Longhorn Fusion file patches for Windows 7

For the Longhorn Fusion project, I created a series of system file patches to help theme Windows 7 closer to the Longhorn look.

Longhorn Fusion file patches for Windows 7

For the Longhorn Fusion project, I created a series of system file patches to help theme Windows 7 closer to the Longhorn look. A common hack back then was to set the the scaling to 97 DPI - this would trigger the larger sizes of the next commonly supported scaling option (120 DPI) but mostly keep fairly close to the 96 DPI sizes. It did still cause several side effects though, and while it (sort-of) worked for navigation buttons, it didn't for the start button, so I worked on patching the system files to provide the larger sizes directly at 96 DPI.

These were announced via the Longhorn Fusion page via DeviantArt. The reversed samples below are based on the AMD64 compile of Windows 7 Post-SP1 rollup (6.1.7601.24214.win7sp1_ldr_escrow.180801-1700), though these broadly should be applicable to all RTM and patch versions of Windows 7. Originally I used IDA Professional to reverse engineer this, but when writing it up for this article, I've used Cutter.

Windows Explorer - Start Button sizing

The first modification (announced here) was to explorer.exe. This was the first problem that I tackled. The hardcoded sizing in the Windows 7 taskbar very much made certain assumptions, and particularly for Longhorn themes, the difficulty was that it very much assumed a squarer shape for the start button.


This is the method which determines the size of the visible button. In Windows 7, the start button is in fact a separate window positioned above the taskbar. The relevant code is this part:

cmp edi, 0x78 ; compare current DPI to 120
jge 0x10005cda7 ; jump if greater than or equal to 120 (125%)
; we're not going to follow this branch, we're assuming 96 DPI
; it also has branches for 144 DPI (150%) and 192 DPI (200%)
; these follow a similar structure and can be similarly edited

mov ecx, 0x36; set overall button height to 54px
move ecx, 7; set the "overhang" to 7px
; this moves the top of the button to 7px above the superbar
; 54px total size - (2 x 7px overhang) = 40px - the default superbar size
; adjusting these values will adjust the size / positioning of the button


The one complication you may run into though is that the taskbar actually still paints a "legacy" start button within the taskbar window itself. Usually this is hidden because the Windows 7 start button is larger and not transparent and so covers it up entirely. This was a problem for Fusion which used a translucent button. You can modify this function to prevent this from being painted.

Cutter actually had some issue picking up this function, but you can still find the relevant part of the code by looking for calls to CTray::_DrawBackupStartButton.

test byte [rsi + 0x60], r12b
jne 0x100034e43; skip the following call if the field doesn't match the value
; this is the part you will modify - swap this jump out for different one
mov rdx, rbx
mov rcx, rsi
; these push the arguments for the call below
call CTray::_DrawBackupStartButton
; this call paints the start button onto the taskbar itself

Explorer Frame - Backwards / Forwards button sizing

After submitting the start button patch to the Longhorn Fusion project, a request was made to look at supporting larger navigations in Explorer at 96 DPI. The previous workaround was to set the system to 97 DPI.

This worked because ExplorerFrame changed it's behaviour based on an internal "IsHighDPI" function, which essentially returned true whenever the DPI was higher than 96 DPI (in contrast to the start button example we looked at before, which explicitly supports several DPI values and uses them as a lower threshold).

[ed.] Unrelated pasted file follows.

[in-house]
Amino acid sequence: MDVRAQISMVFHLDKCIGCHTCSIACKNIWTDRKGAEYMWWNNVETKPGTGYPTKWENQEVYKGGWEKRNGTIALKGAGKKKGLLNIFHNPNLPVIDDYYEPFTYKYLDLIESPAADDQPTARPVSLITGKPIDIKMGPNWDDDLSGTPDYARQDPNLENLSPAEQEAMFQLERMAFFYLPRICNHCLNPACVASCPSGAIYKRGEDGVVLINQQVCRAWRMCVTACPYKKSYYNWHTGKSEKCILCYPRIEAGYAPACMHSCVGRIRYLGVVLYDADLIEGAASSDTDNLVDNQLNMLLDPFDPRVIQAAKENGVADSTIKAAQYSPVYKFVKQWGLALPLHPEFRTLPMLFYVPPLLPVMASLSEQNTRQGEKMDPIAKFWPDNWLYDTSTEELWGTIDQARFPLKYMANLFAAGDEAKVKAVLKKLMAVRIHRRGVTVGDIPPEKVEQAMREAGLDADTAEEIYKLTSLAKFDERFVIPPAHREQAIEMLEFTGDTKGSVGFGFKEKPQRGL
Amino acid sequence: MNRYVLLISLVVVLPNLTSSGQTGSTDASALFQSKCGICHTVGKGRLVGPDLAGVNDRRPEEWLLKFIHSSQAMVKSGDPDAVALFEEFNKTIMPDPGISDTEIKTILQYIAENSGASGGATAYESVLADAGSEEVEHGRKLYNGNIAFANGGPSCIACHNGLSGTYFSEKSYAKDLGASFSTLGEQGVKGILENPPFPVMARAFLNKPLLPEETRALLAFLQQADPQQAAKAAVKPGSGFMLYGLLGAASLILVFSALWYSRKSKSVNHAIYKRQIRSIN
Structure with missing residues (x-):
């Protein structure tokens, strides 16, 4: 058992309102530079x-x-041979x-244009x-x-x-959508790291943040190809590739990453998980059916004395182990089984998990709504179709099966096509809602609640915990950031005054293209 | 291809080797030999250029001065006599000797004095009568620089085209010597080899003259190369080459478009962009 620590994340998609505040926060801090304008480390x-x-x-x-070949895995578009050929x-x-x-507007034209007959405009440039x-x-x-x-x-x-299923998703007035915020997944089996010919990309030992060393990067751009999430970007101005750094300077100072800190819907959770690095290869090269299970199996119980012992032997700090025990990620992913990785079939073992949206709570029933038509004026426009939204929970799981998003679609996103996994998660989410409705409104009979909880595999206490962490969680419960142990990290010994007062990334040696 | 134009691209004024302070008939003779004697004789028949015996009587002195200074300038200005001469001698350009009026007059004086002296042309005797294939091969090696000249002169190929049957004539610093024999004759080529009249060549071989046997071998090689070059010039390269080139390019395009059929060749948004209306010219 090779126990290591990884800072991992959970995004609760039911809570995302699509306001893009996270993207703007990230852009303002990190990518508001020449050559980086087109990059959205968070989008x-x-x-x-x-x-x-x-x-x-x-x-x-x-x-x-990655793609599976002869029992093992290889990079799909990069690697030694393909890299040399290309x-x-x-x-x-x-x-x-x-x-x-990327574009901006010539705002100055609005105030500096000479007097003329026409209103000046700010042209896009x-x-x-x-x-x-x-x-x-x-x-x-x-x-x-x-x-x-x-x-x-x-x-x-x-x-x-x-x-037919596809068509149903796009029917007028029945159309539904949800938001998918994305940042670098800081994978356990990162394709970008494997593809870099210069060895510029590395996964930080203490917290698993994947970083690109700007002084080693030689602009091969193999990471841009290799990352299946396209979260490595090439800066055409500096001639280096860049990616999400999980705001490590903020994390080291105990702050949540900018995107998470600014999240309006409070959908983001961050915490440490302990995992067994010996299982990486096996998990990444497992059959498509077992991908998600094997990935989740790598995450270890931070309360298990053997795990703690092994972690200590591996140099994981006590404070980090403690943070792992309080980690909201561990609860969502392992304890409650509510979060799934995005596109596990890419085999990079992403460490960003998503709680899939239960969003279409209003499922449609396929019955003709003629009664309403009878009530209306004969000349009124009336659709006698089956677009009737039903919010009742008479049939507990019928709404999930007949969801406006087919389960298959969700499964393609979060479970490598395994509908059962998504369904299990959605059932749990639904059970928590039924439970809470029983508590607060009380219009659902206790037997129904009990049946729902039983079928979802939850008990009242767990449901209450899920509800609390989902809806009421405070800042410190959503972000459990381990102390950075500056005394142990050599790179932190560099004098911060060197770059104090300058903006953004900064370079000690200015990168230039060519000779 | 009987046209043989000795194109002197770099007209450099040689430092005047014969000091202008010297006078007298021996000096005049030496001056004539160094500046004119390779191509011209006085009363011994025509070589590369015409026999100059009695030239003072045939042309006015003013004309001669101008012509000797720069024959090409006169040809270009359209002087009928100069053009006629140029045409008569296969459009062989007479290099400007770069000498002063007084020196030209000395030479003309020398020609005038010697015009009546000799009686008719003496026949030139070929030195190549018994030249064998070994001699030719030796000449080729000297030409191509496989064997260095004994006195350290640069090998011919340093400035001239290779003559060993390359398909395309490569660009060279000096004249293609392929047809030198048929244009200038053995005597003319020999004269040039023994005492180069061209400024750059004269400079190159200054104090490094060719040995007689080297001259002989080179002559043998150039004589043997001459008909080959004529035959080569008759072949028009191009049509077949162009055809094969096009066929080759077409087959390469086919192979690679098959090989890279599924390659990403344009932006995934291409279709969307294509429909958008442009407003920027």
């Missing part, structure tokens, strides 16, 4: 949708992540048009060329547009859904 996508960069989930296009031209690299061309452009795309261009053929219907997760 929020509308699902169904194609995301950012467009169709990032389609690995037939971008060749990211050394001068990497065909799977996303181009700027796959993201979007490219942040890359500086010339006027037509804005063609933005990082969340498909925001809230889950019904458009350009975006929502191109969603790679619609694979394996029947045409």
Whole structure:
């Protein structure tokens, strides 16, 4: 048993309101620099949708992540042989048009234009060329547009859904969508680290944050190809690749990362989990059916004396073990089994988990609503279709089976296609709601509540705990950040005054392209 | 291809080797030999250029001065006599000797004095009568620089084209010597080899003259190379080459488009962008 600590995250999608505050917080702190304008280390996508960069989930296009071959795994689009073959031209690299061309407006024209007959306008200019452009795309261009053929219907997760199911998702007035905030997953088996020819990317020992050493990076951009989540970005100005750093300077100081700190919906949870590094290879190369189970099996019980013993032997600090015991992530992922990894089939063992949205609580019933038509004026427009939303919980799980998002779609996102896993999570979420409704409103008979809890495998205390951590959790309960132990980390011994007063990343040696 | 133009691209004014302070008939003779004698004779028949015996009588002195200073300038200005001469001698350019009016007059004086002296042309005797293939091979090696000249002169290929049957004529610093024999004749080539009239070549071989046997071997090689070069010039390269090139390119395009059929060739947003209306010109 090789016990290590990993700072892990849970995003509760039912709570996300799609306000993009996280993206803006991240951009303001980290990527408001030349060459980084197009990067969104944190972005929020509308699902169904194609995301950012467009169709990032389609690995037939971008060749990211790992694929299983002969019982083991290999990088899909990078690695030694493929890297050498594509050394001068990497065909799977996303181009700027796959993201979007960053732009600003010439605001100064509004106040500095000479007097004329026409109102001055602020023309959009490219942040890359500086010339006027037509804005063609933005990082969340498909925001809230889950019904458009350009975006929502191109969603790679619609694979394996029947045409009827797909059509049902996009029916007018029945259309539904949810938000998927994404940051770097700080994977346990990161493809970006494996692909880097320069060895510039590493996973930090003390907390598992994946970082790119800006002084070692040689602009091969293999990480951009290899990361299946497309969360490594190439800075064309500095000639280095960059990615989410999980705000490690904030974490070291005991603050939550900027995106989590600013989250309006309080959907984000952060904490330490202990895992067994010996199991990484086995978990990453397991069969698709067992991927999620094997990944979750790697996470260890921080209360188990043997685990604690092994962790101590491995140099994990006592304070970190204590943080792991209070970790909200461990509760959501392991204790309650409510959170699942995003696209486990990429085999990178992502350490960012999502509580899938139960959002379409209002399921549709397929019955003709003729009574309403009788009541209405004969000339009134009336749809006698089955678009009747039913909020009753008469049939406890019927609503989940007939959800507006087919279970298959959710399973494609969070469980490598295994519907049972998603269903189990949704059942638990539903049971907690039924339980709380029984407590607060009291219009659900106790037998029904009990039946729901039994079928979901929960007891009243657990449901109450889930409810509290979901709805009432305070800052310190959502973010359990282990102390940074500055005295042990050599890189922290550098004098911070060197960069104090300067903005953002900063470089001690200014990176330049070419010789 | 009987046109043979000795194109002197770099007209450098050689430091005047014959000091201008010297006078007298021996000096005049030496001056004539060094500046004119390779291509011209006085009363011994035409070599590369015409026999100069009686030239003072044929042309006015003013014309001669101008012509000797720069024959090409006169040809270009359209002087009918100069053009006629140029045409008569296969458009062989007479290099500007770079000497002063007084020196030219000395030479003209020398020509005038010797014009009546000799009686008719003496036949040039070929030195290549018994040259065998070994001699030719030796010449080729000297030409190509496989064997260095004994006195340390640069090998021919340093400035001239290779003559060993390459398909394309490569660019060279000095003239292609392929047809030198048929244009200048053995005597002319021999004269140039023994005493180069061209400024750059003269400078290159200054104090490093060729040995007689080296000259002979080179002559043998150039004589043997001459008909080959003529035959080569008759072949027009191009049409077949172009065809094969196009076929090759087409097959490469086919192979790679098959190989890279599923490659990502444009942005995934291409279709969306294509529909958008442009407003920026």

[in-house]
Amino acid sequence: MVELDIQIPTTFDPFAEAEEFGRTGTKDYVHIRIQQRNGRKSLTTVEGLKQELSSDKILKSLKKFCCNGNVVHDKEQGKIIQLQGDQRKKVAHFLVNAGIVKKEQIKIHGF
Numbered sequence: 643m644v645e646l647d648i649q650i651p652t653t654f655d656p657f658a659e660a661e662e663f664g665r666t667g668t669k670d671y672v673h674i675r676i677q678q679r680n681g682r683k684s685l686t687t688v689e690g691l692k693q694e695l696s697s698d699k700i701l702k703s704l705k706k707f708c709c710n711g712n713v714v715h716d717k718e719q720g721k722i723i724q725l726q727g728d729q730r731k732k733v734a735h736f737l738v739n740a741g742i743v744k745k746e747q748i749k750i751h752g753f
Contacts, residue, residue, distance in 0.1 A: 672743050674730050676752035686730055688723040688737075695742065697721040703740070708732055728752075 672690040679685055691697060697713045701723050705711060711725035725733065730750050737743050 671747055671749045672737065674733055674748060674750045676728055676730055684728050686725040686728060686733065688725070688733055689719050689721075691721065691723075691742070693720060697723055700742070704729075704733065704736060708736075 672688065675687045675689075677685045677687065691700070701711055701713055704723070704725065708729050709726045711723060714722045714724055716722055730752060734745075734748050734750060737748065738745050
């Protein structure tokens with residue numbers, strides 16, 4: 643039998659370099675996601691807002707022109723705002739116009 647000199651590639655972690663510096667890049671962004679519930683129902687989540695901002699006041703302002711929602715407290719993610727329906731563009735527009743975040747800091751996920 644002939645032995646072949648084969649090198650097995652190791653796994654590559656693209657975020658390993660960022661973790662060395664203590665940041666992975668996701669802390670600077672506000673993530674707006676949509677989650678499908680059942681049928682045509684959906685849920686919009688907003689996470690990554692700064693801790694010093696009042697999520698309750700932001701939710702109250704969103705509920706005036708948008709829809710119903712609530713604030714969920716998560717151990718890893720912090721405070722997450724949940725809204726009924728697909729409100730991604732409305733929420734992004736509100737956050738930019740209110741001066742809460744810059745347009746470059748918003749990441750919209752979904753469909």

However, it was not without side effects (anything that properly supported DPI scaling would get a lot of slightly out visual parts or become blurry as scaled to very fractional values), and with the Start Button supporting 96 DPI explicitly, the desire was to match this with the navigation buttons. Once complete, this signalled the end of the 97 DPI hack within the Longhorn Fusion team (announced here).


This is all contained within a single function, though you likely need to adjust this in several places. There are two determining factors for the size: Is this "High DPI" (>96 DPI) and is the Classic theme enabled

This code handles setting the width:

call IsHighDPI
neg eax
sbb ecx, ecx
; this is probably not the easiest code to understand because
; it uses a common VC++ compiler optimisation to avoid branching
; essentially, if IsHighDPI is true, then ecx will be -1 else 0
and ecx, 0x11 ; bitwise and to set ecx to 17 if IsHighDPI
add ecx, 0x46 ; unconditionally add 70 to ecx
; this has the effect of setting the width to (0 + 70) = 70px for "low DPI"
; and setting the width to (17 + 70) = 87px for "high DPI"

This code handles setting the height:

call IsHighDPI
test eax, eax
mov eax, 0x26 ; set the height to 38px
jne 0x7ff54026476 ; if high DPI, skip the following line
mov eax, 0x20 ; set the height to 32px
; in the x86 (32-bit) version I did previously, these checks were
; the other way round - it set 20px and then set 38px if high DPI
; this is purely a function of the optimising compiler

This sets the size for the individual buttons. In some variants of Windows 7, it's a separate function called CTravelBand::_SetButtonImages but in this sample, it seems this function was inlined into the _ThemeTravelBand function:

call IsHighDPI
neg eax
sbb r8d, r8d
; using the same trick mentioned earlier, we do a branchless conditional set
and r8d, 7 ; bitwise and to set r8d to 7 if High DPI is true, 0 otherwise
add r8d, 0x1B ; unconditionally add 27 to r8d
; this gives us a size of 27px for Low DPI, 34px for High DPI
; this is used for both the width and height of the button
; the bounds for these buttons must be square